Amazon Blocks Promotions for Non-Compliant Office Return

Amazon has recently implemented a new policy linking employee promotions to their adherence to the company’s return-to-office (RTO) mandate. According to internal communications accessed by Insider, Amazon requires employees who are candidates for promotion to be present in the office at least three days a week. 

Failure to comply with this policy necessitates VP approval for their advertisements, or they risk being blocked.

This policy was detailed in an internal announcement last month, emphasizing the manager’s role in the promotion process and the expectation of compliance with the office attendance requirement. 

An email and Slack message revealed that Amazon had blocked an employee’s promotion due to non-compliance with the attendance requirements.

Amazon’s spokesperson clarified to Insider that office attendance compliance is among several factors considered for employee promotions. 

The company views promotions as a key aspect of employee growth and expects those considered for advancement to adhere to company guidelines and policies.

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Amazon’s Controversial RTO Policy

Amazon has recently implemented a new policy linking employee promotions to their adherence to the company’s return-to-office (RTO) mandate.

This update is part of Amazon’s broader and contentious approach to its RTO policy. Last month, Amazon granted managers the discretion to terminate employees who refuse to comply with the RTO mandate. 

This policy applies particularly to those considered for promotions, who are expected to discuss their non-compliance with managers. If they fail to meet the office attendance requirements, managers can proceed with termination.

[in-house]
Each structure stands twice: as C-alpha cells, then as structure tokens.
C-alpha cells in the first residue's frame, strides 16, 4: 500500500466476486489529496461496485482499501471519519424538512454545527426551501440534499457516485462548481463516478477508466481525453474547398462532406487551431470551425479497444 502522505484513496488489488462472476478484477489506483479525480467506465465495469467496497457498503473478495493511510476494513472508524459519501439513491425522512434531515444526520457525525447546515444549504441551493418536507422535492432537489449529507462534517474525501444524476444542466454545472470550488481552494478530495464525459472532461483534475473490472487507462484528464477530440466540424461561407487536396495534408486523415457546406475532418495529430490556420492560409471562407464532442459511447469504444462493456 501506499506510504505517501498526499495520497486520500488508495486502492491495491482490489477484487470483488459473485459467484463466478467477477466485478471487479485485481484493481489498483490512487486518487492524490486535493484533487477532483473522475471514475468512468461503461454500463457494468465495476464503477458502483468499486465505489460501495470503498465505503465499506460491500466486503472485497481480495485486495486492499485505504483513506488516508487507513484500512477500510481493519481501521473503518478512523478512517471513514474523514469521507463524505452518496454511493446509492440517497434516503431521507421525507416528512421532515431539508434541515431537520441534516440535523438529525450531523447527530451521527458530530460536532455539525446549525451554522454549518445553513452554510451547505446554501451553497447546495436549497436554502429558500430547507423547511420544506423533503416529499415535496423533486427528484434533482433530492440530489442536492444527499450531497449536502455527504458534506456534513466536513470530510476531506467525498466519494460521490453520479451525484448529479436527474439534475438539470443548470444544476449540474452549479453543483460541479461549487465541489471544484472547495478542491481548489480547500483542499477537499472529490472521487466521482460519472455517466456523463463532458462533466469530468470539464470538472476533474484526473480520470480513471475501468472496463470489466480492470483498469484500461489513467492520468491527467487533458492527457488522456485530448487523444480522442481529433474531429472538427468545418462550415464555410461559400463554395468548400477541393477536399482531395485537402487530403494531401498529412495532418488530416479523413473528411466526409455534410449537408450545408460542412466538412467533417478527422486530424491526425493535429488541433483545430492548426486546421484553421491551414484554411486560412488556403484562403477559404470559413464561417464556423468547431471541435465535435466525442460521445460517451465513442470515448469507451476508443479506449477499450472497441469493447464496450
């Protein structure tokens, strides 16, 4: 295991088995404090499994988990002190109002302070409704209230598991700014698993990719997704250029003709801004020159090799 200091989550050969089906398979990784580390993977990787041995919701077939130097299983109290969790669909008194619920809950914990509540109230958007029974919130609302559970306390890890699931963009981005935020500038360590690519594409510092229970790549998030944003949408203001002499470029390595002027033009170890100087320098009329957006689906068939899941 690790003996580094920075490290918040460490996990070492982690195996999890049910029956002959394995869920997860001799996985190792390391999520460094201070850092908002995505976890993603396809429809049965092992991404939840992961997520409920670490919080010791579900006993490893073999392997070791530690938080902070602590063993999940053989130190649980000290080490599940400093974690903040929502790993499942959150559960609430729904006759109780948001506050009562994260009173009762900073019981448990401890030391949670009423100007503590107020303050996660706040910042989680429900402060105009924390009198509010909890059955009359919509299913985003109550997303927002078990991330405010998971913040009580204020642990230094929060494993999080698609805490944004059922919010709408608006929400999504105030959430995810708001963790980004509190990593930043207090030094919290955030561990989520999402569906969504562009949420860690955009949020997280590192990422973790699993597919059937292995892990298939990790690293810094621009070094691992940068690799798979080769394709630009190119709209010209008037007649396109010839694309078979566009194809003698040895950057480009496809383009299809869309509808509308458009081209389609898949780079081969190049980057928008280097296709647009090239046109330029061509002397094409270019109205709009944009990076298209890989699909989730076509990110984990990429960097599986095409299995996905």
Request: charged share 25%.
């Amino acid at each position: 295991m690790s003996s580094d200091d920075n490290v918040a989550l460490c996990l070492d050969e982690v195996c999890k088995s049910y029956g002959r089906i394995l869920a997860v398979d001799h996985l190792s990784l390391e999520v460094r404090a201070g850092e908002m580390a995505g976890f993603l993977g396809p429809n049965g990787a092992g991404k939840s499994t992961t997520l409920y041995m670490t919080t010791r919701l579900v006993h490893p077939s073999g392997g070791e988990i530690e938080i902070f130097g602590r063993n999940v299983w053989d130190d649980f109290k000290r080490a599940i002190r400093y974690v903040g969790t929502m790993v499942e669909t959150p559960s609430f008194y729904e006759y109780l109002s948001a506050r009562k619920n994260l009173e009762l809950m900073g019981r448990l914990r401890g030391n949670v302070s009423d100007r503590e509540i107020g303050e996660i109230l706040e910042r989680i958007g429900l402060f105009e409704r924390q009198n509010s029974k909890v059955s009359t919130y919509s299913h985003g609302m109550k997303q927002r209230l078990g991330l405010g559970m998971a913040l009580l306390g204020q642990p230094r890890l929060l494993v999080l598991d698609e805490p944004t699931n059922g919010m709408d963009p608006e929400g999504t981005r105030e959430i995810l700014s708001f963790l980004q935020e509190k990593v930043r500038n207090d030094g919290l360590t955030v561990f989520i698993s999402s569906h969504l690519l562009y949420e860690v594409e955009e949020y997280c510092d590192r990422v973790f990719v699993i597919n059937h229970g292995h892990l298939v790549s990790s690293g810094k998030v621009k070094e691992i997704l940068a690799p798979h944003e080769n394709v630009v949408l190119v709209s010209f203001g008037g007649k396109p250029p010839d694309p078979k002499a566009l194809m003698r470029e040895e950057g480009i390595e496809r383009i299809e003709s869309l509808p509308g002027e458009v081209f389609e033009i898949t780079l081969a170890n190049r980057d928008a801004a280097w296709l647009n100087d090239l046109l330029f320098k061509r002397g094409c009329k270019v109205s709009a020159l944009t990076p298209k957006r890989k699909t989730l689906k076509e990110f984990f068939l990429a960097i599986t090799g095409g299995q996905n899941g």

Amazon’s RTO policy has faced resistance from employees since its announcement in February. Initially requiring corporate employees to be in the office three days a week starting in May, the mandate led to over 30,000 employees signing an internal petition and staging walkouts. 

Many employees hired as fully remote workers during the pandemic view this mandate as a departure from earlier flexible working arrangements.

In July, Amazon intensified its stance, instructing remote employees to relocate near office hubs or consider a “voluntary resignation” package.

By September, the company began sharing individual attendance records, a shift from its previous policy of tracking only anonymized data. The company also informed managers of their authority to fire non-compliant employees.

The updated promotion guidelines emphasize two main factors: the capacity of an employee’s role to be performed at the next level and the employee’s consistent demonstration of next-level performance. 

This approach, as described in the internal note, underscores the uniqueness of the promotion journey for each Amazon employee.

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